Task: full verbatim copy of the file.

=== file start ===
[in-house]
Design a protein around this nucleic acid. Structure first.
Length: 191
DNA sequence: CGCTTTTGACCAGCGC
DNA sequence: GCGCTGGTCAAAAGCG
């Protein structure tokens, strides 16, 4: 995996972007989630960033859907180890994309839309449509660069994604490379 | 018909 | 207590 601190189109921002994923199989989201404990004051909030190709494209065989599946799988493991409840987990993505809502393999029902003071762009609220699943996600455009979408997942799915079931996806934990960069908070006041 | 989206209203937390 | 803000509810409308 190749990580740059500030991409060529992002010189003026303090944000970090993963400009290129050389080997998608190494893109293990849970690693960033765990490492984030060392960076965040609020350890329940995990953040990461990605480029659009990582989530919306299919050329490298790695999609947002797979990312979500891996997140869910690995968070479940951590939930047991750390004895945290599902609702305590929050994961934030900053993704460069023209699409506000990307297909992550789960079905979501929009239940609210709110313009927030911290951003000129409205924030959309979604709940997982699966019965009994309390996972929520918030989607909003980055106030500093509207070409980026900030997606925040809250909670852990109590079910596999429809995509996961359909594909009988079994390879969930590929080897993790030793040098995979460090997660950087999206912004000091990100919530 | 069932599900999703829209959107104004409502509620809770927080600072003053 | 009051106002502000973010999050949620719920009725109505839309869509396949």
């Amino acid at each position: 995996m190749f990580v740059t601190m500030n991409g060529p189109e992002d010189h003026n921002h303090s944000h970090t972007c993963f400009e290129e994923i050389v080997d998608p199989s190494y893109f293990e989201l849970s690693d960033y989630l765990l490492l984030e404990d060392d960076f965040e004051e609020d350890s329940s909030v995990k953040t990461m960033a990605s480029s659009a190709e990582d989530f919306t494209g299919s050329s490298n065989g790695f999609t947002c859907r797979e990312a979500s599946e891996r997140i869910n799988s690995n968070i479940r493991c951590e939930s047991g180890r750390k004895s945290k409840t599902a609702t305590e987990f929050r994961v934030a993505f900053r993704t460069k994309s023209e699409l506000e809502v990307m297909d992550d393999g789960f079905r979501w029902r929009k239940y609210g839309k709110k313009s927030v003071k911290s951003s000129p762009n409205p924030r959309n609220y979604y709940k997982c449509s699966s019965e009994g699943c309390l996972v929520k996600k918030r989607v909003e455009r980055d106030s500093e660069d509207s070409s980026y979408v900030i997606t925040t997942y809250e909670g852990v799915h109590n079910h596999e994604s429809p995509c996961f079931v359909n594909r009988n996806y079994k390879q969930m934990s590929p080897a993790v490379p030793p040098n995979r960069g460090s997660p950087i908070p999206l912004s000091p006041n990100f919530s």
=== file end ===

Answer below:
[in-house]
Design a protein around this nucleic acid. Structure first.
Length: 191
DNA sequence: CGCTTTTGACCAGCGC
DNA sequence: GCGCTGGTCAAAAGCG
């Protein structure tokens, strides 16, 4: 995996972007989630960033859907180890994309839309449509660069994604490379 | 018909 | 207590 601190189109921002994923199989989201404990004051909030190709494209065989599946799988493991409840987990993505809502393999029902003071762009609220699943996600455009979408997942799915079931996806934990960069908070006041 | 989206209203937390 | 803000509810409308 190749990580740059500030991409060529992002010189003026303090944000970090993963400009290129050389080997998608190494893109293990849970690693960033765990490492984030060392960076965040609020350890329940995990953040990461990605480029659009990582989530919306299919050329490298790695999609947002797979990312979500891996997140869910690995968070479940951590939930047991750390004895945290599902609702305590929050994961934030900053993704460069023209699409506000990307297909992550789960079905979501929009239940609210709110313009927030911290951003000129409205924030959309979604709940997982699966019965009994309390996972929520918030989607909003980055106030500093509207070409980026900030997606925040809250909670852990109590079910596999429809995509996961359909594909009988079994390879969930590929080897993790030793040098995979460090997660950087999206912004000091990100919530 | 069932599900999703829209959107104004409502509620809770927080600072003053 | 009051106002502000973010999050949620719920009725109505839309869509396949």
């Amino acid at each position: 995996m190749f990580v740059t601190m500030n991409g060529p189109e992002d010189h003026n921002h303090s944000h970090t972007c993963f400009e290129e994923i050389v080997d998608p199989s190494y893109f293990e989201l849970s690693d960033y989630l765990l490492l984030e404990d060392d960076f965040e004051e609020d350890s329940s909030v995990k953040t990461m960033a990605s480029s659009a190709e990582d989530f919306t494209g299919s050329s490298n065989g790695f999609t947002c859907r797979e990312a979500s599946e891996r997140i869910n799988s690995n968070i479940r493991c951590e939930s047991g180890r750390k004895s945290k409840t599902a609702t305590e987990f929050r994961v934030a993505f900053r993704t460069k994309s023209e699409l506000e809502v990307m297909d992550d393999g789960f079905r979501w029902r929009k239940y609210g839309k709110k313009s927030v003071k911290s951003s000129p762009n409205p924030r959309n609220y979604y709940k997982c449509s699966s019965e009994g699943c309390l996972v929520k996600k918030r989607v909003e455009r980055d106030s500093e660069d509207s070409s980026y979408v900030i997606t925040t997942y809250e909670g852990v799915h109590n079910h596999e994604s429809p995509c996961f079931v359909n594909r009988n996806y079994k390879q969930m934990s590929p080897a993790v490379p030793p040098n995979r960069g460090s997660p950087i908070p999206l912004s000091p006041n990100f919530s």